From their independence, Pakistani people fed a surfeit of Islamic and state ideology, (anti India) via (restricted and tightly controlled) newspapers, radio and later state owned and ran TV, Pakistan Television (PTV) one and only channel broadcasting multi nature of TV content for 8 hours in a day, since its commencement. In the beginning of new millennium, General Pervez Musharraf’s government facilitated the national and international private TV channels through cable TV networks.
Cable TV networks spread all over the country in a flash from big cities to smaller towns and remote villages because of cheap monthly charges and zero installation expense, The private TV media revolution was welcomed by ordinary people and this phenomena is now integral part of their life and culture, In every home, shop, or at Tea stall there is cable TV network connection as in Kellner’s words We are immersed from cradle to grave in a media and consumer society, Many of the private channels are owned by newspaper companies and business corporations.
So they were/are truly commercial entity and therefore can always be expected to cater, first and foremost, to its profit-making needs. According to Kellner, Media culture is industrial culture, organized on the model of mass production and is produced for a mass audience according to types (genres), following conventional formulas, codes, and rules. It is thus a form of commercial culture and its products are commodities that attempt to attract private profit produced by giant corporations interested in the accumulation of capital.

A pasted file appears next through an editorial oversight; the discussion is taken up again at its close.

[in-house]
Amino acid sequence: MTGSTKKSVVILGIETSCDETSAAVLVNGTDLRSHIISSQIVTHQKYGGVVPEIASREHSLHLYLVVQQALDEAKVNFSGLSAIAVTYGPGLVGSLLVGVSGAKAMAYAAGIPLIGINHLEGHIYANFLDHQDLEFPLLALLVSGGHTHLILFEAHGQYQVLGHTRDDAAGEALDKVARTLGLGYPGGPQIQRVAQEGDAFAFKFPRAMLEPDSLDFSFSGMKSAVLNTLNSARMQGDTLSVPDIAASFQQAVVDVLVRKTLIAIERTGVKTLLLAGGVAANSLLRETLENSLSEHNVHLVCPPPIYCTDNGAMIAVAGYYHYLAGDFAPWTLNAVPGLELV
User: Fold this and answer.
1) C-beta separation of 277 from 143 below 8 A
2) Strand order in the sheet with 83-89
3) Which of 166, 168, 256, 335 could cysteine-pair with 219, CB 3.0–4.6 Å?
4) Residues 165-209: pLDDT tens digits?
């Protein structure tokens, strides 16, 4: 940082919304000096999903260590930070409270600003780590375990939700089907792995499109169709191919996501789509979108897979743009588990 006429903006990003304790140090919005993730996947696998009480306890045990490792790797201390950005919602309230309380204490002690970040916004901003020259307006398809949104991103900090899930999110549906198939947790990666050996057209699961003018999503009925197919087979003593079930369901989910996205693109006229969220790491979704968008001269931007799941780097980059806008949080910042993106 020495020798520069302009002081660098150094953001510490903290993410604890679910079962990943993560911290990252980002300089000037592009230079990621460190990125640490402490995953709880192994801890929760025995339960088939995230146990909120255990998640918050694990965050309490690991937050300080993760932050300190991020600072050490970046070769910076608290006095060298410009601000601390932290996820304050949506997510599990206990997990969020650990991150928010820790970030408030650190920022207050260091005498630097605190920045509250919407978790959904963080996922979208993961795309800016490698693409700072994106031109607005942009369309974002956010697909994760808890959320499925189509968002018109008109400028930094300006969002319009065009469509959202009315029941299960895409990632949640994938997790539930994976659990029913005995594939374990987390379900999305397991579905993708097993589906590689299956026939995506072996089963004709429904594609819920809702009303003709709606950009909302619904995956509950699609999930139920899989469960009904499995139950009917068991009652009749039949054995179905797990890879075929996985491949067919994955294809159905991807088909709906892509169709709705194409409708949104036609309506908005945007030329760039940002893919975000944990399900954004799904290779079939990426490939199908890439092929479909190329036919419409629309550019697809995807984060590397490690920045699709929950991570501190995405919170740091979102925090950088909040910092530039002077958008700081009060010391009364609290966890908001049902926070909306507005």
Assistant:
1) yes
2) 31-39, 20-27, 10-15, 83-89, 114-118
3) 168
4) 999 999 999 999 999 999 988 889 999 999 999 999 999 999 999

Most of the Pakistani private channels started as News channels (Breaking News craze) but later they established other channels along with news channels, broadcasting Current affairs, Music, Entertainment, Sports, Children programming, and Religious (own and overseas) contents 24 hour in a day with hundreds of advertisements (main resource to generate revenue).